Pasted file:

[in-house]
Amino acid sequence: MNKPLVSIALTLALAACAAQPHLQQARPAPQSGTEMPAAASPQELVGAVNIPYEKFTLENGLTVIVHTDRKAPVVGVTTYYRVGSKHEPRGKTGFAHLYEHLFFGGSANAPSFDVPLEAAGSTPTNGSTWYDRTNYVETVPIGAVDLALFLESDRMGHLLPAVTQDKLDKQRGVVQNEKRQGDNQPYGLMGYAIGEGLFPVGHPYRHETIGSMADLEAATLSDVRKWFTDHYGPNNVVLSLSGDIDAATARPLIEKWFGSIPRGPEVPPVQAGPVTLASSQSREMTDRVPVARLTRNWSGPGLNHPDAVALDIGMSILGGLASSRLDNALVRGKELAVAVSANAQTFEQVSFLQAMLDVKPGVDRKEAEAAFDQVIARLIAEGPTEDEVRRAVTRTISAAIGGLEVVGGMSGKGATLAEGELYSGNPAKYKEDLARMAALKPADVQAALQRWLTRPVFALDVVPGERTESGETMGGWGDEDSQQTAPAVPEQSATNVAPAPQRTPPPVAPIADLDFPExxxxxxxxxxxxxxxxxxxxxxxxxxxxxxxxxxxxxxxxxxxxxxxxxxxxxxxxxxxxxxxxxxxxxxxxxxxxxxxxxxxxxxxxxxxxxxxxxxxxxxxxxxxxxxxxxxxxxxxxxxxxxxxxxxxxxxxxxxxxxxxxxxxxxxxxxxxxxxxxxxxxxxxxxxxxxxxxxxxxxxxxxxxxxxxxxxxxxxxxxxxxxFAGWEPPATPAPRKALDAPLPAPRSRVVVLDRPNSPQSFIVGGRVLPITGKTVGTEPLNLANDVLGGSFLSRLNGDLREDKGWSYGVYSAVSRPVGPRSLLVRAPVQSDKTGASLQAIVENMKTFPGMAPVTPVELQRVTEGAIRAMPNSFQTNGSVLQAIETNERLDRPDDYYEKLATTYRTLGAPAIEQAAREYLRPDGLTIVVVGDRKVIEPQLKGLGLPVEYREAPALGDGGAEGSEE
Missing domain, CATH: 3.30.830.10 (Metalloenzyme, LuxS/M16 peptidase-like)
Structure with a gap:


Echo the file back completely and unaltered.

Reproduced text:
[in-house]
Amino acid sequence: MNKPLVSIALTLALAACAAQPHLQQARPAPQSGTEMPAAASPQELVGAVNIPYEKFTLENGLTVIVHTDRKAPVVGVTTYYRVGSKHEPRGKTGFAHLYEHLFFGGSANAPSFDVPLEAAGSTPTNGSTWYDRTNYVETVPIGAVDLALFLESDRMGHLLPAVTQDKLDKQRGVVQNEKRQGDNQPYGLMGYAIGEGLFPVGHPYRHETIGSMADLEAATLSDVRKWFTDHYGPNNVVLSLSGDIDAATARPLIEKWFGSIPRGPEVPPVQAGPVTLASSQSREMTDRVPVARLTRNWSGPGLNHPDAVALDIGMSILGGLASSRLDNALVRGKELAVAVSANAQTFEQVSFLQAMLDVKPGVDRKEAEAAFDQVIARLIAEGPTEDEVRRAVTRTISAAIGGLEVVGGMSGKGATLAEGELYSGNPAKYKEDLARMAALKPADVQAALQRWLTRPVFALDVVPGERTESGETMGGWGDEDSQQTAPAVPEQSATNVAPAPQRTPPPVAPIADLDFPExxxxxxxxxxxxxxxxxxxxxxxxxxxxxxxxxxxxxxxxxxxxxxxxxxxxxxxxxxxxxxxxxxxxxxxxxxxxxxxxxxxxxxxxxxxxxxxxxxxxxxxxxxxxxxxxxxxxxxxxxxxxxxxxxxxxxxxxxxxxxxxxxxxxxxxxxxxxxxxxxxxxxxxxxxxxxxxxxxxxxxxxxxxxxxxxxxxxxxxxxxxxxFAGWEPPATPAPRKALDAPLPAPRSRVVVLDRPNSPQSFIVGGRVLPITGKTVGTEPLNLANDVLGGSFLSRLNGDLREDKGWSYGVYSAVSRPVGPRSLLVRAPVQSDKTGASLQAIVENMKTFPGMAPVTPVELQRVTEGAIRAMPNSFQTNGSVLQAIETNERLDRPDDYYEKLATTYRTLGAPAIEQAAREYLRPDGLTIVVVGDRKVIEPQLKGLGLPVEYREAPALGDGGAEGSEE
Missing domain, CATH: 3.30.830.10 (Metalloenzyme, LuxS/M16 peptidase-like)
Structure with a gap: